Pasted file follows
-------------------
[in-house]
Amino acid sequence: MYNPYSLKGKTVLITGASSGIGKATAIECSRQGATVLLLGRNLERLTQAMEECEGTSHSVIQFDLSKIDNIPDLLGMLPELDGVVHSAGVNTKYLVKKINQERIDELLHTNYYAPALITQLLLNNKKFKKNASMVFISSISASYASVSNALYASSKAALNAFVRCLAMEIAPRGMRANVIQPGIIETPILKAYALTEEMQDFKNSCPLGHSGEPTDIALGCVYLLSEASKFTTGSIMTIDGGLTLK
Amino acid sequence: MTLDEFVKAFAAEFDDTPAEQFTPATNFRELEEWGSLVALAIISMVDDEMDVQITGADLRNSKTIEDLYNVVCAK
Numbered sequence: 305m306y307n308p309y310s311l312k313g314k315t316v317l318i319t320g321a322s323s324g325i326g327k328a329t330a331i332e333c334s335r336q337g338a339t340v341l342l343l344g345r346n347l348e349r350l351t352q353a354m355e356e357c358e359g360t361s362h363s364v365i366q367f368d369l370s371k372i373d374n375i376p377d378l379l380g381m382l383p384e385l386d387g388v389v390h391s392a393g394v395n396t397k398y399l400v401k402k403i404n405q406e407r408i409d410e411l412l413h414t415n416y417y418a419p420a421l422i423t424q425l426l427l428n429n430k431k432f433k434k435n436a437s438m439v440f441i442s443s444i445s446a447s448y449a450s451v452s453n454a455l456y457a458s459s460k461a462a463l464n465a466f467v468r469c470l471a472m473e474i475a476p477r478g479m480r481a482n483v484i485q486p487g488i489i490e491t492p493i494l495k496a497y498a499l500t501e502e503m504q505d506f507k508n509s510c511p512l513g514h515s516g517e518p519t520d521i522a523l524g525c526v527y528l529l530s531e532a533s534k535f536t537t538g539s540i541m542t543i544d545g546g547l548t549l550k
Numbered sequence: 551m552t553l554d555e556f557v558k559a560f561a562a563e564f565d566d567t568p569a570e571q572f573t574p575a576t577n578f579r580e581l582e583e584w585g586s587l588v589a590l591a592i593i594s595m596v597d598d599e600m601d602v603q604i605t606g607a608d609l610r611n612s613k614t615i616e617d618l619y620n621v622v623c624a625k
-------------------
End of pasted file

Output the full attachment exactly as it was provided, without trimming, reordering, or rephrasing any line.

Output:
[in-house]
Amino acid sequence: MYNPYSLKGKTVLITGASSGIGKATAIECSRQGATVLLLGRNLERLTQAMEECEGTSHSVIQFDLSKIDNIPDLLGMLPELDGVVHSAGVNTKYLVKKINQERIDELLHTNYYAPALITQLLLNNKKFKKNASMVFISSISASYASVSNALYASSKAALNAFVRCLAMEIAPRGMRANVIQPGIIETPILKAYALTEEMQDFKNSCPLGHSGEPTDIALGCVYLLSEASKFTTGSIMTIDGGLTLK
Amino acid sequence: MTLDEFVKAFAAEFDDTPAEQFTPATNFRELEEWGSLVALAIISMVDDEMDVQITGADLRNSKTIEDLYNVVCAK
Numbered sequence: 305m306y307n308p309y310s311l312k313g314k315t316v317l318i319t320g321a322s323s324g325i326g327k328a329t330a331i332e333c334s335r336q337g338a339t340v341l342l343l344g345r346n347l348e349r350l351t352q353a354m355e356e357c358e359g360t361s362h363s364v365i366q367f368d369l370s371k372i373d374n375i376p377d378l379l380g381m382l383p384e385l386d387g388v389v390h391s392a393g394v395n396t397k398y399l400v401k402k403i404n405q406e407r408i409d410e411l412l413h414t415n416y417y418a419p420a421l422i423t424q425l426l427l428n429n430k431k432f433k434k435n436a437s438m439v440f441i442s443s444i445s446a447s448y449a450s451v452s453n454a455l456y457a458s459s460k461a462a463l464n465a466f467v468r469c470l471a472m473e474i475a476p477r478g479m480r481a482n483v484i485q486p487g488i489i490e491t492p493i494l495k496a497y498a499l500t501e502e503m504q505d506f507k508n509s510c511p512l513g514h515s516g517e518p519t520d521i522a523l524g525c526v527y528l529l530s531e532a533s534k535f536t537t538g539s540i541m542t543i544d545g546g547l548t549l550k
Numbered sequence: 551m552t553l554d555e556f557v558k559a560f561a562a563e564f565d566d567t568p569a570e571q572f573t574p575a576t577n578f579r580e581l582e583e584w585g586s587l588v589a590l591a592i593i594s595m596v597d598d599e600m601d602v603q604i605t606g607a608d609l610r611n612s613k614t615i616e617d618l619y620n621v622v623c624a625k